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Wall Street Journal reporter Chris Cumming provides a balanced assessment of the sweeping consequences of a pending bill in Congress that takes direct aim at private equity firms. He writes:
If enacted, the bill would result in the loss of 6.2 million to 24.3 million jobs across the country, while reducing both government tax receipts and the investment returns of public pension funds and other investors, the [Chamber’s] report said.
The measure “would poison the well of innovation and growth,” said Tom Quaadman, executive vice president of the lobbying group’s Center for Capital Markets Competitiveness, on a conference call with reporters.
[ . . . ]
Among its provisions, the bill would tax firms’ profits at higher rates and rewrite bankruptcy law to ensure workers have more protections when a private equity-owned company goes bankrupt. It would also make private-equity firms liable for the debts, legal judgments and pension obligations of the companies they buy.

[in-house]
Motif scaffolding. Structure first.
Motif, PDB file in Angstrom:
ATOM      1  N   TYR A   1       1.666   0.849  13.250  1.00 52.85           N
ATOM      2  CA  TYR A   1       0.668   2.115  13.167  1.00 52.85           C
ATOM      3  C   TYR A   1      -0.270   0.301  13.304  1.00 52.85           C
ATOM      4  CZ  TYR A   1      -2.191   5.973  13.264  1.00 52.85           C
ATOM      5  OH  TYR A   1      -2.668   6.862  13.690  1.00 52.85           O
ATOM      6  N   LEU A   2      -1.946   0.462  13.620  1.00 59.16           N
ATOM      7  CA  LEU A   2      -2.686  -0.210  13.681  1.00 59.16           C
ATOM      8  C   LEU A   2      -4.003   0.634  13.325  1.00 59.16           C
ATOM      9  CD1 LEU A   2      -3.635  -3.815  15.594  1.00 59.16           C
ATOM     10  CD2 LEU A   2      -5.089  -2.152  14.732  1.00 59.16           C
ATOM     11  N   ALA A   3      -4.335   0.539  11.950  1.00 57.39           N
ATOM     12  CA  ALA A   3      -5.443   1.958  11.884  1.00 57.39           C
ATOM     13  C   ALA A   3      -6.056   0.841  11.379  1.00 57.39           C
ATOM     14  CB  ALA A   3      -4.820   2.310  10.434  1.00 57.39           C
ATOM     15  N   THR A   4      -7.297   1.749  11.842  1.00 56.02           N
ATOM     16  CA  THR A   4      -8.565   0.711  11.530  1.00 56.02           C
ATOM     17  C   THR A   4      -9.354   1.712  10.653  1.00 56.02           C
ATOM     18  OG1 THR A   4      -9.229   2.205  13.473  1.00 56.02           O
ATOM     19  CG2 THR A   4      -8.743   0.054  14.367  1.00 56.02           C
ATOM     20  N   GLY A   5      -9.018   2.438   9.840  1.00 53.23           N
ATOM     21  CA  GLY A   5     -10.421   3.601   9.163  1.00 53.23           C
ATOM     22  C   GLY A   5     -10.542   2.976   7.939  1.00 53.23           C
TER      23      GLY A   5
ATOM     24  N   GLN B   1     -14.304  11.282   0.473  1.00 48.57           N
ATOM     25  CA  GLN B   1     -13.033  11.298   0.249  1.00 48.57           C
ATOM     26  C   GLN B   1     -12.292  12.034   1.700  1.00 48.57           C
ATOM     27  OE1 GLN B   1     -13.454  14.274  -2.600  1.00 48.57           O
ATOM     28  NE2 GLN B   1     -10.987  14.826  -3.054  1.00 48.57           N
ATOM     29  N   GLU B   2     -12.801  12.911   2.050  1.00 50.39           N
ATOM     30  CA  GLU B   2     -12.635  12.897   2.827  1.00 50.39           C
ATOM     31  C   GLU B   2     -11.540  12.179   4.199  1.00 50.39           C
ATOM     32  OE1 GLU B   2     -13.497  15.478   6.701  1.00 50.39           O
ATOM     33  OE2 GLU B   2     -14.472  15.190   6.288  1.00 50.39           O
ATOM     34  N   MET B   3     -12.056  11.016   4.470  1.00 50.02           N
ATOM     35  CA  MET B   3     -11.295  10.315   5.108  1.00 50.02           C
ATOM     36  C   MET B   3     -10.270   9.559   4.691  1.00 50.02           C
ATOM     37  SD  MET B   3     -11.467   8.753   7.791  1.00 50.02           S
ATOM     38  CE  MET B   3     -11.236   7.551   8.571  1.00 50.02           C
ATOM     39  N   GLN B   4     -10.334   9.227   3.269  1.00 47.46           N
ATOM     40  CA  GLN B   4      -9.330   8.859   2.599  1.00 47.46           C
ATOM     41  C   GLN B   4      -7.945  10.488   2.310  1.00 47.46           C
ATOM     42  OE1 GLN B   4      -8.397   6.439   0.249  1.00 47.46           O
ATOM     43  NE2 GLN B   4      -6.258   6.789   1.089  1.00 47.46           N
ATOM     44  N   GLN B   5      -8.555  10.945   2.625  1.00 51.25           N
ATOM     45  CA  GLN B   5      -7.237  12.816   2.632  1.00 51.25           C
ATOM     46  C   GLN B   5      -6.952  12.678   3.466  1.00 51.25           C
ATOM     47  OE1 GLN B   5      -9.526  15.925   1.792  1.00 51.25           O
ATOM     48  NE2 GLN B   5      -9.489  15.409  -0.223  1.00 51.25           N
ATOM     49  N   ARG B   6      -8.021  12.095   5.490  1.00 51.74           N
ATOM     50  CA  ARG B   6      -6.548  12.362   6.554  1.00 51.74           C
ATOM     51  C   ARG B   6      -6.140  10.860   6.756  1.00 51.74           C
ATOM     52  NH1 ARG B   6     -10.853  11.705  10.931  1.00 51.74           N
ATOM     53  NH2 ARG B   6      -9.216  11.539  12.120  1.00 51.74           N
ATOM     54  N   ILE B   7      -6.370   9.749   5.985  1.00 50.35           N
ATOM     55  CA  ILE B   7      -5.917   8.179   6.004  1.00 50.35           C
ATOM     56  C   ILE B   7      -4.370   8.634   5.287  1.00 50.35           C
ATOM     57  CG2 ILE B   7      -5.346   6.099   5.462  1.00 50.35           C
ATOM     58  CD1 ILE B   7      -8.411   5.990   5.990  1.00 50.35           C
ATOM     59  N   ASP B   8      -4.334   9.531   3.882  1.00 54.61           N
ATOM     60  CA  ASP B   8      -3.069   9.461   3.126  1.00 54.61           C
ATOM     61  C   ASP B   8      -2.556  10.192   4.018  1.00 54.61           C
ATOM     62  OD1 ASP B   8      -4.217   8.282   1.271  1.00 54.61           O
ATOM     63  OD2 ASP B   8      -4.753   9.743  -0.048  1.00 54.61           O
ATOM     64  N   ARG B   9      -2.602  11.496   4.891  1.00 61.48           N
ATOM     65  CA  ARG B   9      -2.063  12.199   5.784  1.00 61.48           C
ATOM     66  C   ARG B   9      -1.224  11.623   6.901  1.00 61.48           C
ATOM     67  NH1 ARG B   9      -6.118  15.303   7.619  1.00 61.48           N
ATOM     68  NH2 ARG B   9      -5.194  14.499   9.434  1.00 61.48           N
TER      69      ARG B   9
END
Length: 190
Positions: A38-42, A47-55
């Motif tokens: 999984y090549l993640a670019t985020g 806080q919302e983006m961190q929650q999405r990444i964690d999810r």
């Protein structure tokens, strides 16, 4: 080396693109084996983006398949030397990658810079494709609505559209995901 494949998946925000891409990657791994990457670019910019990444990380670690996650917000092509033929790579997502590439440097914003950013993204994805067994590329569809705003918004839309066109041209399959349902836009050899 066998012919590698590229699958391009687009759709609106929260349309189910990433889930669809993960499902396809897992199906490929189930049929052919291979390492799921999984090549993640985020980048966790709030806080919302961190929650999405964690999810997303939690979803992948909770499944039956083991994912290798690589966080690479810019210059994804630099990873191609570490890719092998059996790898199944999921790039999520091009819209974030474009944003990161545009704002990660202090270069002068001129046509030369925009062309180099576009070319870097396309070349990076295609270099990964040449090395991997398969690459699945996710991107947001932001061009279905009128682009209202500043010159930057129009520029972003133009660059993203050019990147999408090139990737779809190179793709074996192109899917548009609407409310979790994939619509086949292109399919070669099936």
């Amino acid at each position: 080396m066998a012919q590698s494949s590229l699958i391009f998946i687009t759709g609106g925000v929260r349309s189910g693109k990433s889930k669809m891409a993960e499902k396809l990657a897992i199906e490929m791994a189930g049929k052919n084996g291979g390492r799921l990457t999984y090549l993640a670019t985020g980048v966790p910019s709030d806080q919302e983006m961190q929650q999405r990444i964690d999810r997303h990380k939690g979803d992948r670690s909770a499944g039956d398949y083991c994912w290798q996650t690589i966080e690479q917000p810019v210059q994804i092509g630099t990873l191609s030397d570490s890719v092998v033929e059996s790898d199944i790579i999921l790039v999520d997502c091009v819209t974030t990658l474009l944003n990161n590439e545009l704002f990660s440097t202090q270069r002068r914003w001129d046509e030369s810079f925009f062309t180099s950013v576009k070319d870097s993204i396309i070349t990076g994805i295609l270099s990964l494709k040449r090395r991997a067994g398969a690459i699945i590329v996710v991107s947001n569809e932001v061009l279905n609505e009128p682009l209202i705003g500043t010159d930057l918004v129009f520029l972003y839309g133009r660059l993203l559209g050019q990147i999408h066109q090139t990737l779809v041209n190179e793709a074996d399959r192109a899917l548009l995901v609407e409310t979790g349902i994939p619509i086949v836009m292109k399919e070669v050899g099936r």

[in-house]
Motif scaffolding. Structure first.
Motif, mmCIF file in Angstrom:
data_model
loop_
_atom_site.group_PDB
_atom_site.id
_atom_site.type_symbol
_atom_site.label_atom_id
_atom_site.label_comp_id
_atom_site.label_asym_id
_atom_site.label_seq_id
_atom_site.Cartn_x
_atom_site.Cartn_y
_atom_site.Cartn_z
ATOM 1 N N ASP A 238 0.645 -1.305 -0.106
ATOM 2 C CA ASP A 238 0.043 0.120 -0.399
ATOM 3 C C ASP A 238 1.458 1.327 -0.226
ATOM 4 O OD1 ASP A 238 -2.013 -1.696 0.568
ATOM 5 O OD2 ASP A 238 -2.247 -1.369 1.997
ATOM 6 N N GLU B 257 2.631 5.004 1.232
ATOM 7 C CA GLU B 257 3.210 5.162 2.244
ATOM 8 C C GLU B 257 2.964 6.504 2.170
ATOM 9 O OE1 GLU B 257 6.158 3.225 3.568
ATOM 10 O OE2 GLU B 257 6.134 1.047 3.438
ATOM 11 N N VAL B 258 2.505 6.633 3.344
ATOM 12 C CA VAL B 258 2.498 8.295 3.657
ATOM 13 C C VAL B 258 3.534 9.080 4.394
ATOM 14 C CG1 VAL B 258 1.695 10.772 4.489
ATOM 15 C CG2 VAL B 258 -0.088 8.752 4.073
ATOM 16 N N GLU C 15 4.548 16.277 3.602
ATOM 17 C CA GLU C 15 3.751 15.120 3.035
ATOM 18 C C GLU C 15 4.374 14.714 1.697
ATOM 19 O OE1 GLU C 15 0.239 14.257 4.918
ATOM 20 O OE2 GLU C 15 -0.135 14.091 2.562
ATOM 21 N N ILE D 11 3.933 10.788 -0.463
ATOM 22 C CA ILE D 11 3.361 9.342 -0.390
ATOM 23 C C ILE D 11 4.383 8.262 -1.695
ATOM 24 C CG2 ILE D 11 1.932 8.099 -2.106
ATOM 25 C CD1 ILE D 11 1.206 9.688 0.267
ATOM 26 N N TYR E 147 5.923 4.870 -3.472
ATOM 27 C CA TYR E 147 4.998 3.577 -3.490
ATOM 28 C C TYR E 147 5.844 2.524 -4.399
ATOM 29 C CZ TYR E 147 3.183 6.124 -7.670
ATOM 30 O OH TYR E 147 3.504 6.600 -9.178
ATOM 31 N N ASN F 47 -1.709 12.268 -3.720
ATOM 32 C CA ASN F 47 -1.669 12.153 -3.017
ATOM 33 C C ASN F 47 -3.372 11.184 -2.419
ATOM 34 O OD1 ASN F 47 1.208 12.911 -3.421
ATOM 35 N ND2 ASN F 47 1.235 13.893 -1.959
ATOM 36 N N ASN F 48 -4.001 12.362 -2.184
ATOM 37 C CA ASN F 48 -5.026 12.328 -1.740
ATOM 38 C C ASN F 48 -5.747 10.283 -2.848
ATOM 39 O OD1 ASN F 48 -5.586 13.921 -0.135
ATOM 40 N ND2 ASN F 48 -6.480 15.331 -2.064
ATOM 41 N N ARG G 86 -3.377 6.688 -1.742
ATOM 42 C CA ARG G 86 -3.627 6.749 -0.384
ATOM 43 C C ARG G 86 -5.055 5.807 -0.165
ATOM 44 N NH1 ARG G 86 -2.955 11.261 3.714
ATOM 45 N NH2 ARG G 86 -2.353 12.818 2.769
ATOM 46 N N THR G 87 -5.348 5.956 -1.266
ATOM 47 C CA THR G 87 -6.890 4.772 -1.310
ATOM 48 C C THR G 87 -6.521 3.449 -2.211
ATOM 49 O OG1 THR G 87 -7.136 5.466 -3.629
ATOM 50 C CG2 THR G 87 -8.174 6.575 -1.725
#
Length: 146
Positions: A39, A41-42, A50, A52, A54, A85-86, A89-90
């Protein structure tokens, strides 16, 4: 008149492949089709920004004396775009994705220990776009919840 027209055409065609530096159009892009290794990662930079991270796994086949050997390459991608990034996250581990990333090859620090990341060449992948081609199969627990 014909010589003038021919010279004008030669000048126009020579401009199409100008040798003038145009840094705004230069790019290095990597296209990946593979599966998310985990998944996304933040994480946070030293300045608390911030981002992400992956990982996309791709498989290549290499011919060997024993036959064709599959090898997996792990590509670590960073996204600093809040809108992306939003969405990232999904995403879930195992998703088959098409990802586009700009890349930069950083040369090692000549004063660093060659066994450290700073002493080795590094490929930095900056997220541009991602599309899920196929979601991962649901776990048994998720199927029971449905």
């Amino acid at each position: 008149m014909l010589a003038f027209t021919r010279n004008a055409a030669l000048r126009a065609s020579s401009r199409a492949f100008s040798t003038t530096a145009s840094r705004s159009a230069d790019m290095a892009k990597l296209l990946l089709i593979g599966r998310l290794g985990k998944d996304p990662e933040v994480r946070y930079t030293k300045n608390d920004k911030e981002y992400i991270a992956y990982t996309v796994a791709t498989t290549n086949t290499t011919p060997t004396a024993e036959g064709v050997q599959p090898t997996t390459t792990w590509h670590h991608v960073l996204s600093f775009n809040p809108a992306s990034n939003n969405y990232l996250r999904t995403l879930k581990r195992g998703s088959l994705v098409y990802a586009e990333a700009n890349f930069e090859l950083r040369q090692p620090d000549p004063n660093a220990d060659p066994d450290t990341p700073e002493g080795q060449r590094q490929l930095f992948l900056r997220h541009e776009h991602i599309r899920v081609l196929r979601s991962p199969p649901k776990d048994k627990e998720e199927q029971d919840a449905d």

These changes would so increase the risk of private-equity investing that the industry “could just make the decision to cease to exist,” said Charles Swenson, a professor at the University of Southern California’s Marshall School of Business who wrote the U.S. Chamber’s report, on the conference call."